Whilst banging heads with an LDAP server recently, I needed a reliable way to verify that the SSL CA certificate I was using was the correct one for the certificate being returned by the server.
I came across this useful command after a search:
$ openssl s_client -connect ldap.example.com:636 \ -CAfile /tmp/ca-bundle.crt -showcerts
This command will connect to the specific server and port (could be anything, in my case I’m using a secured LDAP server) and will use the specific certificate authority (/tmp/ca-bundle.crt) for verifying the certifcate returned by the server.
If the connection is established, it’s the correct/valid CA, if it doesn’t, the CA file is wrong and that’s probably why whatever you’re trying to debug is having issues connecting.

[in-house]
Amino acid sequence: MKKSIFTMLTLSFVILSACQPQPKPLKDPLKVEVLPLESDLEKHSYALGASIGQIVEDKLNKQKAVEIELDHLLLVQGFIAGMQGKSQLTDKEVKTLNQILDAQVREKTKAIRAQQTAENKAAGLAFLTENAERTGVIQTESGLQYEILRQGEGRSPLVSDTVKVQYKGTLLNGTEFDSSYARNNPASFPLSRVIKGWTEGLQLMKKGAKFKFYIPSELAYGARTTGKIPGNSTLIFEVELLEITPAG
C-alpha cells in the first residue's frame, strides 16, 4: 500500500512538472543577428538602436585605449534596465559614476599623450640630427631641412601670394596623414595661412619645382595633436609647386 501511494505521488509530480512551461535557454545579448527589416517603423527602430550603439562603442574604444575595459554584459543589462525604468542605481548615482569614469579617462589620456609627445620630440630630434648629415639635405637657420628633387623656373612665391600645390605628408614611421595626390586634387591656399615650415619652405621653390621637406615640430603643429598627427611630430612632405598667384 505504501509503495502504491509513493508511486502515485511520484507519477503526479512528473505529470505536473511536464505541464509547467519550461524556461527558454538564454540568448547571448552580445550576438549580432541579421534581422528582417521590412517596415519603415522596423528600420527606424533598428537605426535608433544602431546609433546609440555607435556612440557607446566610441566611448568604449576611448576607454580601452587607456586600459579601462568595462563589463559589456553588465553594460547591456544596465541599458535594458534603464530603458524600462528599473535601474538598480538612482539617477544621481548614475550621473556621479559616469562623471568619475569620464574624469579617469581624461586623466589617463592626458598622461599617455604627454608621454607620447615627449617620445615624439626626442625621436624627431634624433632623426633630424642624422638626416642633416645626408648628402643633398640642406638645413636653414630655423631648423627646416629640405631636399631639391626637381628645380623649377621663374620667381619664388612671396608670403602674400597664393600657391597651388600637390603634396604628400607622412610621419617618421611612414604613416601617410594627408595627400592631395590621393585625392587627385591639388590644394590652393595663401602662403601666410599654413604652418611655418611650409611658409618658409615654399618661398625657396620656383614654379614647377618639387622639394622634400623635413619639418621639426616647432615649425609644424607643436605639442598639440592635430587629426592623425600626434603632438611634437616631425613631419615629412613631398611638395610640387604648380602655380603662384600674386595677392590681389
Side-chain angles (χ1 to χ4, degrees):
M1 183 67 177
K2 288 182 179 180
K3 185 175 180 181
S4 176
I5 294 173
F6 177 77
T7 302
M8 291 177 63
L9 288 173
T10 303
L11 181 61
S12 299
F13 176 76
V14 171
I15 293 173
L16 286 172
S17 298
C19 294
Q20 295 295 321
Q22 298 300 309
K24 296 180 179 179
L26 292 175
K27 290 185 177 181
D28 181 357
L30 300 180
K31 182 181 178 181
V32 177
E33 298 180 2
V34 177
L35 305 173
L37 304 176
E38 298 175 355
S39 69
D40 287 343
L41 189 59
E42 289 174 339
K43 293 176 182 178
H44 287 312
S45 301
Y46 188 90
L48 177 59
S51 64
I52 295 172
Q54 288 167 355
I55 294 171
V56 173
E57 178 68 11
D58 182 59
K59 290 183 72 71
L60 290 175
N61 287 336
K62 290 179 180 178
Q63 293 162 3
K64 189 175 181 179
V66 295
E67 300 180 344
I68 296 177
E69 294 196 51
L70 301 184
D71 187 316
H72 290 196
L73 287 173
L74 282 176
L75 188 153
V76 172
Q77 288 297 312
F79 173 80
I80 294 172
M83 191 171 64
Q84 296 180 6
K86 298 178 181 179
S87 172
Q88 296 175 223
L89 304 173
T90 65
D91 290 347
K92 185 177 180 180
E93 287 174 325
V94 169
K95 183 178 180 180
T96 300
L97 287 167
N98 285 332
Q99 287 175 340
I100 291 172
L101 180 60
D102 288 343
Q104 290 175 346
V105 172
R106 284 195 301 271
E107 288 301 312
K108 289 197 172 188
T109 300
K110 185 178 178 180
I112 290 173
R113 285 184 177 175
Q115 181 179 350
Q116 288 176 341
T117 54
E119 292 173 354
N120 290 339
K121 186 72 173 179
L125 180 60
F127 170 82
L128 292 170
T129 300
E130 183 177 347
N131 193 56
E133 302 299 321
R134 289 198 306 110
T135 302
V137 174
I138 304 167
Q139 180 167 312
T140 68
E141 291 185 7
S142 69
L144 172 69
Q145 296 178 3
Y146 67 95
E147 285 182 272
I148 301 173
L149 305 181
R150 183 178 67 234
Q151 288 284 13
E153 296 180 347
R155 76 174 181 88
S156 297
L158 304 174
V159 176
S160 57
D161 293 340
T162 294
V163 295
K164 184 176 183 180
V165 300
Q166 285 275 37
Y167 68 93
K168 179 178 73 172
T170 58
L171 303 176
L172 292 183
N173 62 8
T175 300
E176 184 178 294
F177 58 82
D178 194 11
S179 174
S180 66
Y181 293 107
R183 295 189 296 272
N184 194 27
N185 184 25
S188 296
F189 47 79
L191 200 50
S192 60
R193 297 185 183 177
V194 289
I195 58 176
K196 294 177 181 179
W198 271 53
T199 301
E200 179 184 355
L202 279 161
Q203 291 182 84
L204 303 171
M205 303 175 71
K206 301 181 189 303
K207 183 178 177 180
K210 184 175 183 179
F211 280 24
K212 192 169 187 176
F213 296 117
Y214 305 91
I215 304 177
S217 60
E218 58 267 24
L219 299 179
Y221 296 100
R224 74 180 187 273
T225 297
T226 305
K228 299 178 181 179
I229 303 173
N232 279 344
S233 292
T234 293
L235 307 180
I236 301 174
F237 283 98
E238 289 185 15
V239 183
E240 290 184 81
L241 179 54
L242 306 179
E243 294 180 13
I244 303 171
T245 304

The other handy command I came across (thanks to SamatsWiki OpenSSL cheatsheet) is the following command which displays all the information, dates, stats, etc, relating to an ASCII format SSL certificate:
$ openssl x509 -in example.pem -noout -text
This is going to be a very handy command when I want to check when a certificate is going to expire without having to access the service itself to find out.
Additional note, if you have a cert file and a CA cert file and want to ensure you’re using the correct one, the following will do a check against the files:
openssl verify -verbose -CAfile cabundle.crt example.com.crt